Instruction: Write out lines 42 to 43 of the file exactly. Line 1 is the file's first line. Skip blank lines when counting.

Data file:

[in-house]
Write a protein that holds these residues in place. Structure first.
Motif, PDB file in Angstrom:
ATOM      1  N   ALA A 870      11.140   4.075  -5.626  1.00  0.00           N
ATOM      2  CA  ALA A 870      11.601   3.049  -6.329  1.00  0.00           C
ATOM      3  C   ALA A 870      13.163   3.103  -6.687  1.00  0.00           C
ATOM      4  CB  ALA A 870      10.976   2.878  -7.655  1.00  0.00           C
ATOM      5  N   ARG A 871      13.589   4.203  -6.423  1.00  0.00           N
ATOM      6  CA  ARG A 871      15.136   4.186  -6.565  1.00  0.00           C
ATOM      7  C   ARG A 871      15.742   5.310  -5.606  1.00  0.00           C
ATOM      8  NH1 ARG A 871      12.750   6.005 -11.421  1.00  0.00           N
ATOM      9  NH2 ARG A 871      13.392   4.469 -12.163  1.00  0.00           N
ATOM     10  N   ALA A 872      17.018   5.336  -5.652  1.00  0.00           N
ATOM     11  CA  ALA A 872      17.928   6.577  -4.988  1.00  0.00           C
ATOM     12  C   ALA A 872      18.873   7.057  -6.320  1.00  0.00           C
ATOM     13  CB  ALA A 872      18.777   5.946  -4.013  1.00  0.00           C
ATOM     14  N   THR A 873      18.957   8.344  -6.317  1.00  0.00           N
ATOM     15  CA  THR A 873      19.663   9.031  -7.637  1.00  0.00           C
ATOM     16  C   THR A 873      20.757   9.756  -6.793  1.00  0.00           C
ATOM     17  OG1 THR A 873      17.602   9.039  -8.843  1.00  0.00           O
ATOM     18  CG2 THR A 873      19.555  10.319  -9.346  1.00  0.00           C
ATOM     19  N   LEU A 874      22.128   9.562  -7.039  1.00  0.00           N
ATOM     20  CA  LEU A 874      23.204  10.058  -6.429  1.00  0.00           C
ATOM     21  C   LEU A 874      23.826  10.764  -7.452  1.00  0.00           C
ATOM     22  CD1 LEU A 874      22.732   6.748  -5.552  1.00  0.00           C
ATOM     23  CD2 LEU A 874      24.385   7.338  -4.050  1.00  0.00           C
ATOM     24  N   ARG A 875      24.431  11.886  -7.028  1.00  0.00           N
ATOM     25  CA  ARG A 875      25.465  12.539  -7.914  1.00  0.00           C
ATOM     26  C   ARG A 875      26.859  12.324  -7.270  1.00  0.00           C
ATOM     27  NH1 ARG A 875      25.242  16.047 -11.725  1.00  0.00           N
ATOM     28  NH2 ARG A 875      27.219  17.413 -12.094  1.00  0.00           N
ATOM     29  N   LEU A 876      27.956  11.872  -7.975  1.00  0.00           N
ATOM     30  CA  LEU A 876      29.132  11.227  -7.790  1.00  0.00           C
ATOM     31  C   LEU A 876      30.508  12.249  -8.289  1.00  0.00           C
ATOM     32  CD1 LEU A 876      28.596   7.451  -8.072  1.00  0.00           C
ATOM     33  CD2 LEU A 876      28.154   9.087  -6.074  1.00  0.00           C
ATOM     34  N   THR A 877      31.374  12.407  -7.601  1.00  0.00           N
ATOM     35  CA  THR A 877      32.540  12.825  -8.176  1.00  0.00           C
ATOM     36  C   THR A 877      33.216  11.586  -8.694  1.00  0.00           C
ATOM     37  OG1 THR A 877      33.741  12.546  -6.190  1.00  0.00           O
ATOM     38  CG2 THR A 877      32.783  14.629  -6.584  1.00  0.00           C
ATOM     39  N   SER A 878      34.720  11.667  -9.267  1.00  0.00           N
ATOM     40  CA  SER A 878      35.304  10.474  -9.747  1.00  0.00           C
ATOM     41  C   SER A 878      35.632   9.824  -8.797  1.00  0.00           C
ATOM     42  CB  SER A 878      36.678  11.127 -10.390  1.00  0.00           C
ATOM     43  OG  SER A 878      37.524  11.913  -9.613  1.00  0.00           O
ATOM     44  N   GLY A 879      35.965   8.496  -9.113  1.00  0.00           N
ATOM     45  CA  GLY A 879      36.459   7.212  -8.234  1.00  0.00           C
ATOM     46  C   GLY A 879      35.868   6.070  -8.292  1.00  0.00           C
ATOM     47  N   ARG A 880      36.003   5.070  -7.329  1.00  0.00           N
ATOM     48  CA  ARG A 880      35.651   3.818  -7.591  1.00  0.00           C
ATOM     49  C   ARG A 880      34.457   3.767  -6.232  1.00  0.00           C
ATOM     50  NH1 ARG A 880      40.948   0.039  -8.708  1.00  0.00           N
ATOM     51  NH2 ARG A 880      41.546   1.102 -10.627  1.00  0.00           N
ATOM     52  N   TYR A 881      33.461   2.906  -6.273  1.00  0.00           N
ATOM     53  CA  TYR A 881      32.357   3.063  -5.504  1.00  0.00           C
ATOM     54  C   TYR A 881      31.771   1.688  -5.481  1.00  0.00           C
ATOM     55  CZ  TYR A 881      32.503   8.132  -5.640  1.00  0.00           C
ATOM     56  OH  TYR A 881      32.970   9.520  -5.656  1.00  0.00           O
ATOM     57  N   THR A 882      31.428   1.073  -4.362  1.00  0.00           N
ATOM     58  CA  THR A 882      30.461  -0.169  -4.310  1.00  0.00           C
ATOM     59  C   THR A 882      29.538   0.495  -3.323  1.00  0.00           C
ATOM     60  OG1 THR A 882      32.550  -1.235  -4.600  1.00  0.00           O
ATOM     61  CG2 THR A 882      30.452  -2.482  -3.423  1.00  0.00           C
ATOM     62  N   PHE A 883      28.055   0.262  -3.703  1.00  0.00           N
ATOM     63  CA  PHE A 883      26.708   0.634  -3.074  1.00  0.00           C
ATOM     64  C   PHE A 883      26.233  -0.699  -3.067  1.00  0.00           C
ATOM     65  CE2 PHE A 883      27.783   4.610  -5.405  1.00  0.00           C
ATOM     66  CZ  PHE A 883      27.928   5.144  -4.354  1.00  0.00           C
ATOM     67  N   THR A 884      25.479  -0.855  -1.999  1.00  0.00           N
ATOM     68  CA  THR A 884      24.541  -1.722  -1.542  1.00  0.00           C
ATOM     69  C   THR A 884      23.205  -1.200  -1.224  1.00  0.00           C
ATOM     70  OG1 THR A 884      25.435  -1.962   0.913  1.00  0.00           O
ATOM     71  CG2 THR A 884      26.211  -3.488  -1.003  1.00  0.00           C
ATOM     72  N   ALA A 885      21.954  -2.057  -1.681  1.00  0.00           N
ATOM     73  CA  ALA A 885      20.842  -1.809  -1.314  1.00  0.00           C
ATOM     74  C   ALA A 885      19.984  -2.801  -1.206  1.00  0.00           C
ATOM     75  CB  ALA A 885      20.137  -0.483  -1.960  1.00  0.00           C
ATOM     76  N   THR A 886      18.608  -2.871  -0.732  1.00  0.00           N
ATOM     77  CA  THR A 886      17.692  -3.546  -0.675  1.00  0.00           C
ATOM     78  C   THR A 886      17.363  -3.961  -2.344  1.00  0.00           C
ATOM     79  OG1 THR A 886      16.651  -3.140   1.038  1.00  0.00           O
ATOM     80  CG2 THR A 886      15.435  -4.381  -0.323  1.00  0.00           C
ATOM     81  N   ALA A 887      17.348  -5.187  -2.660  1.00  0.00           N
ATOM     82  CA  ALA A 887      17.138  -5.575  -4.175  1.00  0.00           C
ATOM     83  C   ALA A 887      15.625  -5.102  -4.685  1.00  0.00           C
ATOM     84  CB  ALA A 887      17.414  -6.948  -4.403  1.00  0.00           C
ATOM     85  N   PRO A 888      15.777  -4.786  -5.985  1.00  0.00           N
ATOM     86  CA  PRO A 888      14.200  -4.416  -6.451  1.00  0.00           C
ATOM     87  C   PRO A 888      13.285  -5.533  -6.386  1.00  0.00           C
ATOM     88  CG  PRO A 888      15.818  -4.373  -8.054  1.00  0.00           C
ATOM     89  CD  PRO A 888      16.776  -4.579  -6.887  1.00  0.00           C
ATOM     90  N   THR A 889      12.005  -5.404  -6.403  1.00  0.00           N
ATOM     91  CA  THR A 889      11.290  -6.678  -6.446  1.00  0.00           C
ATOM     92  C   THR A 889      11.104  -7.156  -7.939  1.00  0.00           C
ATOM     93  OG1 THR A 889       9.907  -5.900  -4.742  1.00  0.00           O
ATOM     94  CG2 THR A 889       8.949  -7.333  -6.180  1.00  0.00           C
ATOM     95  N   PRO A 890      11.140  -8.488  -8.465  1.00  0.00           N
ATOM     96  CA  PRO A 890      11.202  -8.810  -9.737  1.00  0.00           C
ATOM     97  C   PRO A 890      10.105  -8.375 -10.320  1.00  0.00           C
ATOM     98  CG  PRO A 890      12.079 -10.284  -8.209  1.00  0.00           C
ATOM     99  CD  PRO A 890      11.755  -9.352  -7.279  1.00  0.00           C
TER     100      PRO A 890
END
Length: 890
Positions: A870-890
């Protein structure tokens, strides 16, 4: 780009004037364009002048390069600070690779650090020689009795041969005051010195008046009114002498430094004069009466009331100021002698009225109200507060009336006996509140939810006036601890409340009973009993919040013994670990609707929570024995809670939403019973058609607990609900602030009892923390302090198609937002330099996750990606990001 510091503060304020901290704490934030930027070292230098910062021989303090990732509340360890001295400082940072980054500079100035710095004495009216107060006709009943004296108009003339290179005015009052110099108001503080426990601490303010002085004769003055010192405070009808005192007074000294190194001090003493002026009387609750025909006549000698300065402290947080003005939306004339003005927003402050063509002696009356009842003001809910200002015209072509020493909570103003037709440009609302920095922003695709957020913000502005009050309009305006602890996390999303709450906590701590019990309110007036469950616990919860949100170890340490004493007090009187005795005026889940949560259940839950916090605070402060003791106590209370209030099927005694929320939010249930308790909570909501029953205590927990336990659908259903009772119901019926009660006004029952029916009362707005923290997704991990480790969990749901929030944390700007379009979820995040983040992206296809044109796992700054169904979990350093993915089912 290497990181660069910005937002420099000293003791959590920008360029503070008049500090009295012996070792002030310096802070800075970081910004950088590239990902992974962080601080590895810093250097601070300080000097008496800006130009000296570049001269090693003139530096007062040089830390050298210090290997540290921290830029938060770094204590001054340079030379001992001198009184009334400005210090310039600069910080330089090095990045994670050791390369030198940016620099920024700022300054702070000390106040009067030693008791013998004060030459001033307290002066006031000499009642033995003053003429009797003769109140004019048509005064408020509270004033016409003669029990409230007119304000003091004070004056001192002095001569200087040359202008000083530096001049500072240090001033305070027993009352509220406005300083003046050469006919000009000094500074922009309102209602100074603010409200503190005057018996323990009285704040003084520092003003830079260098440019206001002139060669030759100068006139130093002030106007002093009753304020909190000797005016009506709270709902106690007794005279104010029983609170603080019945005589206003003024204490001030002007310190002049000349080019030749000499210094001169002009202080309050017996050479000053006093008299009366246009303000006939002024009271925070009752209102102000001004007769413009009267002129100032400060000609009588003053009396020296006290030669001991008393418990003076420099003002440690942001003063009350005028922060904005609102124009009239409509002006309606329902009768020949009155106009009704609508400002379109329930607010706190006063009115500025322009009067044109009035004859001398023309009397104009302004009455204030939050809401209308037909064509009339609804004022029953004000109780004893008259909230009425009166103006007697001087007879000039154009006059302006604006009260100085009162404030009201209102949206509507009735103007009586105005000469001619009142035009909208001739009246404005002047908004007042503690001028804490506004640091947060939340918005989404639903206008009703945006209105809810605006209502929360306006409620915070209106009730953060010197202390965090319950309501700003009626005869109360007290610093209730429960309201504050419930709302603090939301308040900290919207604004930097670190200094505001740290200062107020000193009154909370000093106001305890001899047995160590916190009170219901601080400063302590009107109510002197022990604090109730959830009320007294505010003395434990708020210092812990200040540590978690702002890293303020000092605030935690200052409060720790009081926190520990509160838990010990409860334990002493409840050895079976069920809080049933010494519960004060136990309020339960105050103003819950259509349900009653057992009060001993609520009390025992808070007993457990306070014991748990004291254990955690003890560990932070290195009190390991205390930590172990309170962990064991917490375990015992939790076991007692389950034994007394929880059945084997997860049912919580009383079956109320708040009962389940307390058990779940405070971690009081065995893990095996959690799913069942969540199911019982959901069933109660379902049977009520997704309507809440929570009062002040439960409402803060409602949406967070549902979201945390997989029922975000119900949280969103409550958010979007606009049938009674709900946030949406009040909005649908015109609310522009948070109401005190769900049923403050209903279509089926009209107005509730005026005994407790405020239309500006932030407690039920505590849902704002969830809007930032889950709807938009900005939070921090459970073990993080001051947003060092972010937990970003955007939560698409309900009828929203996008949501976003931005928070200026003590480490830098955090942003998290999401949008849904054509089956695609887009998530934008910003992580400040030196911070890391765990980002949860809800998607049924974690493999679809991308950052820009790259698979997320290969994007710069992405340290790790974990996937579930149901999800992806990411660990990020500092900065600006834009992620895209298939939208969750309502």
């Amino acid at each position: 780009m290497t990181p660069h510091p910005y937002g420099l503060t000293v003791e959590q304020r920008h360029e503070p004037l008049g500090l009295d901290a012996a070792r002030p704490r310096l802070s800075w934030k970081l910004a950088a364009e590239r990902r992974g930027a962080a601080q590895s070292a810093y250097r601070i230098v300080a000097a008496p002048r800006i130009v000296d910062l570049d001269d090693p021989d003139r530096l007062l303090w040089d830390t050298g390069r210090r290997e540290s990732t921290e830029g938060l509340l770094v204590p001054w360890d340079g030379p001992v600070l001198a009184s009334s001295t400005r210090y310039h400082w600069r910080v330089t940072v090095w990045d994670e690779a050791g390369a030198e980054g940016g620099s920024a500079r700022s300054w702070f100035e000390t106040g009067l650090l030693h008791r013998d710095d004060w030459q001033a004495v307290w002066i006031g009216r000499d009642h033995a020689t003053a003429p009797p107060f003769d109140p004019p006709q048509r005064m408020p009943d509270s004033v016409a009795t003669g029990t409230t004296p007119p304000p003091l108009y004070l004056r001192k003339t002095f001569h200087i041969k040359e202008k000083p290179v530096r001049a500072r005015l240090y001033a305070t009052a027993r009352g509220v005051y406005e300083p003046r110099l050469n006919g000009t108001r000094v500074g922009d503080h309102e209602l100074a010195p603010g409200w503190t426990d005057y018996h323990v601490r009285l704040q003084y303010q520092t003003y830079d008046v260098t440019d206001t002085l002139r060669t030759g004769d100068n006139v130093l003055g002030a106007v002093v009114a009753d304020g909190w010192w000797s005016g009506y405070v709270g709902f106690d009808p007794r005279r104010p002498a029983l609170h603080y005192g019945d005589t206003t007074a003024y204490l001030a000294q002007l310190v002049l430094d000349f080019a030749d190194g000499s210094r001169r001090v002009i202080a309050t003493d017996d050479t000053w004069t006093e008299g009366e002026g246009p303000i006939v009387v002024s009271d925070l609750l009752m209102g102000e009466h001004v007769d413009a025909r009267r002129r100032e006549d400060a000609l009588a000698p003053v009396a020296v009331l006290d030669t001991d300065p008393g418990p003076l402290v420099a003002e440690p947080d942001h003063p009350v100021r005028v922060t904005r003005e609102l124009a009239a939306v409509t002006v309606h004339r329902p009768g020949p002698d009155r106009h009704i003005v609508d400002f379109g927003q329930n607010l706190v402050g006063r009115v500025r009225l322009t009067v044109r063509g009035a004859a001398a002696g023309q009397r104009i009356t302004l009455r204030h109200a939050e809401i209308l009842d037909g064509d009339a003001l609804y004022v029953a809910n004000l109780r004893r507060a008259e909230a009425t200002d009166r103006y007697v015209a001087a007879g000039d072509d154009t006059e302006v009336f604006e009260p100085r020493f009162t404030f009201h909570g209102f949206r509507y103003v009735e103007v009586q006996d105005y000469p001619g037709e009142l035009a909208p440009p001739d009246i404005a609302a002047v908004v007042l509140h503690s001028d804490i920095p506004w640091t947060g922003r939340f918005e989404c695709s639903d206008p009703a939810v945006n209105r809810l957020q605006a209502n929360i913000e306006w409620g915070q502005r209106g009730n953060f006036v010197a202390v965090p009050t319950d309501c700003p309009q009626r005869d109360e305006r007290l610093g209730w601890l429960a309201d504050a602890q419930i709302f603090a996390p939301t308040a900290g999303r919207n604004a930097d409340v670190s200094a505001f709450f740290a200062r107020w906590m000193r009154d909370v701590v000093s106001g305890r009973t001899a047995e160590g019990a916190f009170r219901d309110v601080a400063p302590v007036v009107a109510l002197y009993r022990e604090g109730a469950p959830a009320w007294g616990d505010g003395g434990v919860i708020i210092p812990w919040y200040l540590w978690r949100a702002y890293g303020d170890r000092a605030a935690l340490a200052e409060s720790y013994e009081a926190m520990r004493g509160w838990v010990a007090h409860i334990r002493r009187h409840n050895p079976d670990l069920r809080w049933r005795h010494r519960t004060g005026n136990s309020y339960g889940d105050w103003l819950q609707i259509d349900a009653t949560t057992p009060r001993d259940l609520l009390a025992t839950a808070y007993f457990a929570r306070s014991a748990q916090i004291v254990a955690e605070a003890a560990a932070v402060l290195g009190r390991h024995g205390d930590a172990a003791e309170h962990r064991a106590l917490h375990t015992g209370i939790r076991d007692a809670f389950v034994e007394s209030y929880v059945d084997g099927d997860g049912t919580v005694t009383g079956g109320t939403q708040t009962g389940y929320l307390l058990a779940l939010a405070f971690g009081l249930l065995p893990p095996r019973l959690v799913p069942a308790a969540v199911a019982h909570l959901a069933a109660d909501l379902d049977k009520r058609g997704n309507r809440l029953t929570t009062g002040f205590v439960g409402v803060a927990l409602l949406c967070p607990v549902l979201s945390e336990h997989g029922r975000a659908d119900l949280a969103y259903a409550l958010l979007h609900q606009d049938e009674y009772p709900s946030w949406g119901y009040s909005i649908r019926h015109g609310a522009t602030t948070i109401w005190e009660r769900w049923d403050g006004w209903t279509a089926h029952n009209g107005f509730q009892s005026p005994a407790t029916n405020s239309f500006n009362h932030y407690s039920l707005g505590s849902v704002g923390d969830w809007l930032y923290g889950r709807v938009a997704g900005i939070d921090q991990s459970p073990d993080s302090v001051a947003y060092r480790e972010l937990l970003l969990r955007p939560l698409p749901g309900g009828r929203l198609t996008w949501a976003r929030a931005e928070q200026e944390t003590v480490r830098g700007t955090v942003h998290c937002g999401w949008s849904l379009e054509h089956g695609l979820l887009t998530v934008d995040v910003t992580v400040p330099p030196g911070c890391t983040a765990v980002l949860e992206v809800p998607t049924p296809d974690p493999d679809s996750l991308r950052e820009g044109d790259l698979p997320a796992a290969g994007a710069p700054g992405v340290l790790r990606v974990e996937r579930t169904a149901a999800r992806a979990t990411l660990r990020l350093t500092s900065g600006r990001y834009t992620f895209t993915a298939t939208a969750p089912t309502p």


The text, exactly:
ATOM     39  N   SER A 878      34.720  11.667  -9.267  1.00  0.00           N
ATOM     40  CA  SER A 878      35.304  10.474  -9.747  1.00  0.00           C